However, “[t]he Fourth Amendment’s proscription of ‘unreasonable searches and seizures’ is not violated when a warrantless entry into a home is based on the consent of a third party who the police, at the time of entry, reasonably, but mistakenly, believed had common authority over the premises.”  Commonwealth v. Lopez, supra at 393, discussing Illinois v. Rodriguez, 497 U.S. 177, 185-186 (1990).  Likewise, a defendant’s right under art. 14 is not violated “if a warrantless search of a home occurs after a police officer obtains the voluntary consent of a person he reasonably believes, after diligent inquiry, has common authority over the home, but it turns out that the person lacked common authority.”  Commonwealth v. Porter P., supra at 271.  Diligent inquiry consists of two steps:  first, “the police officer must base his conclusion of actual authority on facts, not assumptions or impressions,” and second, “even when the consenting individual explicitly asserts that he lives there, if ‘the surrounding circumstances could conceivably be such that a reasonable person would doubt its truth,’ the police officer must make further inquiry to resolve the ambiguity.”  Id. at 271-272, quoting Illinois v. Rodriguez, supra at 188.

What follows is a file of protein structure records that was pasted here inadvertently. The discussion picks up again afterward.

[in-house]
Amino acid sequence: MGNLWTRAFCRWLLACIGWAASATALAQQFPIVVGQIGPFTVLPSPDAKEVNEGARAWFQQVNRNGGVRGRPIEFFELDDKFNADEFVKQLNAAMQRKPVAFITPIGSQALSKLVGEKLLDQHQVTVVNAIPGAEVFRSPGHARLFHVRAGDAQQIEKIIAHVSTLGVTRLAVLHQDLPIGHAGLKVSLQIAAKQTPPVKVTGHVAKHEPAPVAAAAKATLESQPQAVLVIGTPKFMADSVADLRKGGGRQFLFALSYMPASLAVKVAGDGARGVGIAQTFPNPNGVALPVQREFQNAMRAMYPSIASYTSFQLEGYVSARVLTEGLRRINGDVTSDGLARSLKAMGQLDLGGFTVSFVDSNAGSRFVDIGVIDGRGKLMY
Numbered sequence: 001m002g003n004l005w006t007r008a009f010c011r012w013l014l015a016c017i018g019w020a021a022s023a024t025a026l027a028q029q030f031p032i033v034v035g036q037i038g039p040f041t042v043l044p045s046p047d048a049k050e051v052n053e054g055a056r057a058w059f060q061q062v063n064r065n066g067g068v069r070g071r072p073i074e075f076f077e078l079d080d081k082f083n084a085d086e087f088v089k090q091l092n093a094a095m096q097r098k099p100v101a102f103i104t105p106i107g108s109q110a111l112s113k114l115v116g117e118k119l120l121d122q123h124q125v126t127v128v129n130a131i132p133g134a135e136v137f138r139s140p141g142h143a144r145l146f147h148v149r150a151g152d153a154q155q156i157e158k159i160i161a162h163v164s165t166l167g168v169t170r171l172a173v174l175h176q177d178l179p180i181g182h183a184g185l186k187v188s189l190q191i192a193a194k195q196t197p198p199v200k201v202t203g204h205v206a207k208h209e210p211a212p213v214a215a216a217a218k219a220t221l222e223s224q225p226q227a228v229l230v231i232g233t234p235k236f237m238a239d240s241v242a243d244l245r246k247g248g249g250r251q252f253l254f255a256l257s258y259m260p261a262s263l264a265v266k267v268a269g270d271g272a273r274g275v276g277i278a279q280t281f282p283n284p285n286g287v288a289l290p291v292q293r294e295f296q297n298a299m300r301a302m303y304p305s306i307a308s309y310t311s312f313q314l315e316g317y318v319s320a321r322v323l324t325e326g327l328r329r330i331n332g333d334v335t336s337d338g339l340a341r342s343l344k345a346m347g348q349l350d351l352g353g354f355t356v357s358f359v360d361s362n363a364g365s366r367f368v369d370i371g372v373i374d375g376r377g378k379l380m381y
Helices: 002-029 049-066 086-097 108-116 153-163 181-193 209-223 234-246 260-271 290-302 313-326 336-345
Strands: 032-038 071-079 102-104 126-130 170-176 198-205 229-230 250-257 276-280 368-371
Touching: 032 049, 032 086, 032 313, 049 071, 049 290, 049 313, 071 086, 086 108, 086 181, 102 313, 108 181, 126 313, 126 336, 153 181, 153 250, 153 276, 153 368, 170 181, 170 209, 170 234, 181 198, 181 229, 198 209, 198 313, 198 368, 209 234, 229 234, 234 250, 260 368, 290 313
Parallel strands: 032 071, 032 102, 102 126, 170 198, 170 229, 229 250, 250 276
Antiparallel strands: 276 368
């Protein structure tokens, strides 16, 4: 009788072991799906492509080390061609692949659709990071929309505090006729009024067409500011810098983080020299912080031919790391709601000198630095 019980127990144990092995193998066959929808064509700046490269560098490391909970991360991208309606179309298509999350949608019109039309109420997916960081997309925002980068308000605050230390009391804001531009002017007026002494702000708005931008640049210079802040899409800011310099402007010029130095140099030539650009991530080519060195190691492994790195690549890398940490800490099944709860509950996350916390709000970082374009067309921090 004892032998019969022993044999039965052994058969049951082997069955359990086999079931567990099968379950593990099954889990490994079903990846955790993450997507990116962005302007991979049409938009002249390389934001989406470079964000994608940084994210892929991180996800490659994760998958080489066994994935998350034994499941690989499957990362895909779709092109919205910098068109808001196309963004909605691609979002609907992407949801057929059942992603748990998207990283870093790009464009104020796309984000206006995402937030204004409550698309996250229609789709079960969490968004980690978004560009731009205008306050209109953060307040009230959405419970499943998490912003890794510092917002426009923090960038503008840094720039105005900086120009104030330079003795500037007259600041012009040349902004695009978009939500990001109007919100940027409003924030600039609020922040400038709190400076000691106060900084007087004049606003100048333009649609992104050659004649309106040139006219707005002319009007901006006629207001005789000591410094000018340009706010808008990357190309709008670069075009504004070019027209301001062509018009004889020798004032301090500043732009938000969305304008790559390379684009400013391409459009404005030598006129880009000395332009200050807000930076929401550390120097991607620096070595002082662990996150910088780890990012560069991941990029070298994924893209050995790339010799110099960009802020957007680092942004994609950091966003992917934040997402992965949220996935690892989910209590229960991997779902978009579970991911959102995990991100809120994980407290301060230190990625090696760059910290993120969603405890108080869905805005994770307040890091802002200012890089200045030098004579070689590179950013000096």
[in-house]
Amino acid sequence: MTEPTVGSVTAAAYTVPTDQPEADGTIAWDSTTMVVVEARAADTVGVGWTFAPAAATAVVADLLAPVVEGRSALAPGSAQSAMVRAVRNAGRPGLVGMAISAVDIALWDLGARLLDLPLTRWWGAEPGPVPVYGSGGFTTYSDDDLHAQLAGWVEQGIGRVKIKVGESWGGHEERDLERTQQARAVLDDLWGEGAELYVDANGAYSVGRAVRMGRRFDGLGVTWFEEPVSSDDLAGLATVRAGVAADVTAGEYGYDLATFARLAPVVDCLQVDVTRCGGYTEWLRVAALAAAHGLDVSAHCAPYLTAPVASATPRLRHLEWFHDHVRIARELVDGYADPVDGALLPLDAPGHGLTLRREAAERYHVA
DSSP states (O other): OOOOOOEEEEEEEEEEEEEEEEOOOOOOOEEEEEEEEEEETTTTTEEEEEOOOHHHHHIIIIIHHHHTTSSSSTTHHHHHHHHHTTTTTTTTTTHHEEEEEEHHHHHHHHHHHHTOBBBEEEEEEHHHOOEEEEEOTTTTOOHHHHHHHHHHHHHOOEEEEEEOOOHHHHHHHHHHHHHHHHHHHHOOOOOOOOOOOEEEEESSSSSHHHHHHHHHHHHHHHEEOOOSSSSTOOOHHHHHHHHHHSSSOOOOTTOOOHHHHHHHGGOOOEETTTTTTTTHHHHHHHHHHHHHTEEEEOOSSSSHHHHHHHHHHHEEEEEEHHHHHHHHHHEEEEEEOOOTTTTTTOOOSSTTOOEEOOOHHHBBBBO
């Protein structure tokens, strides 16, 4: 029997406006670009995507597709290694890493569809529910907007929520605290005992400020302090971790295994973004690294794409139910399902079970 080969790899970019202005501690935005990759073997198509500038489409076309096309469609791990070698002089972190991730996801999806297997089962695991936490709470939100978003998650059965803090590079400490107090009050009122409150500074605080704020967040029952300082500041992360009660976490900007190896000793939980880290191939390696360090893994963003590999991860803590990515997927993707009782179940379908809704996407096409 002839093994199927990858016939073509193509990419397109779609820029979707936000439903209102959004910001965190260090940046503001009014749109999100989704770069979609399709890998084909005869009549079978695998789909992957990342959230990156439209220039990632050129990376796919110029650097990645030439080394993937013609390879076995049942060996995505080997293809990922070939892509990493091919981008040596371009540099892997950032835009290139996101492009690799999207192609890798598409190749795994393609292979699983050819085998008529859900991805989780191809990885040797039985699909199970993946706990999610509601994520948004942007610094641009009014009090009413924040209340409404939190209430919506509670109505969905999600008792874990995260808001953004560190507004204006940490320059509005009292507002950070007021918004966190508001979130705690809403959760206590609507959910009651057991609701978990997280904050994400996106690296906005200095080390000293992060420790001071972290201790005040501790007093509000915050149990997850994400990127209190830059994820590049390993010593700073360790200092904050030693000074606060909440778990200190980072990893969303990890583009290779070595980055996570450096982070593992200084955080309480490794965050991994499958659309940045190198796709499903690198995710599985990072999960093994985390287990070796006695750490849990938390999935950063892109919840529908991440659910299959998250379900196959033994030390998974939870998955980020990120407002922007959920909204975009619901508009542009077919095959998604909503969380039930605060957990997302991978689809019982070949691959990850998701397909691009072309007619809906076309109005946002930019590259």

We take this opportunity to clarify the two-step inquiry required when police enter a home, without a warrant and absent exigent circumstances, after they gain consent from someone they believe to have actual authority over the premises.  See Commonwealth v. Porter P., supra at 271-272.  We conclude that, in situations such as the one here, police need not conduct a “further inquiry,” the second part of the due diligence analysis, where they possess sufficient facts to form the basis for a reasonable conclusion that a third party has authority to give consent to enter a defendant’s home.  See id. (first part of diligent inquiry is that officers’ conclusion must be based on facts, not assumptions).  In other words, “police have a duty of further inquiry” when faced with “contrary facts tending to suggest that the person consenting to the search lacks actual authority.”  Id. at 272, 273 n.18.  Absent those contrary facts or “surrounding circumstances [that] could conceivably be such that a reasonable person would doubt its truth,” id. at 272, quoting Illinois v. Rodriguez, supra at 188, an officer’s conclusion that he has consent to enter a premises, if based on “facts, not assumptions or impressions,” may satisfy the first of the two-part inquiry of due diligence.  See id. at 271; Illinois v. Rodriguez, supra at 188.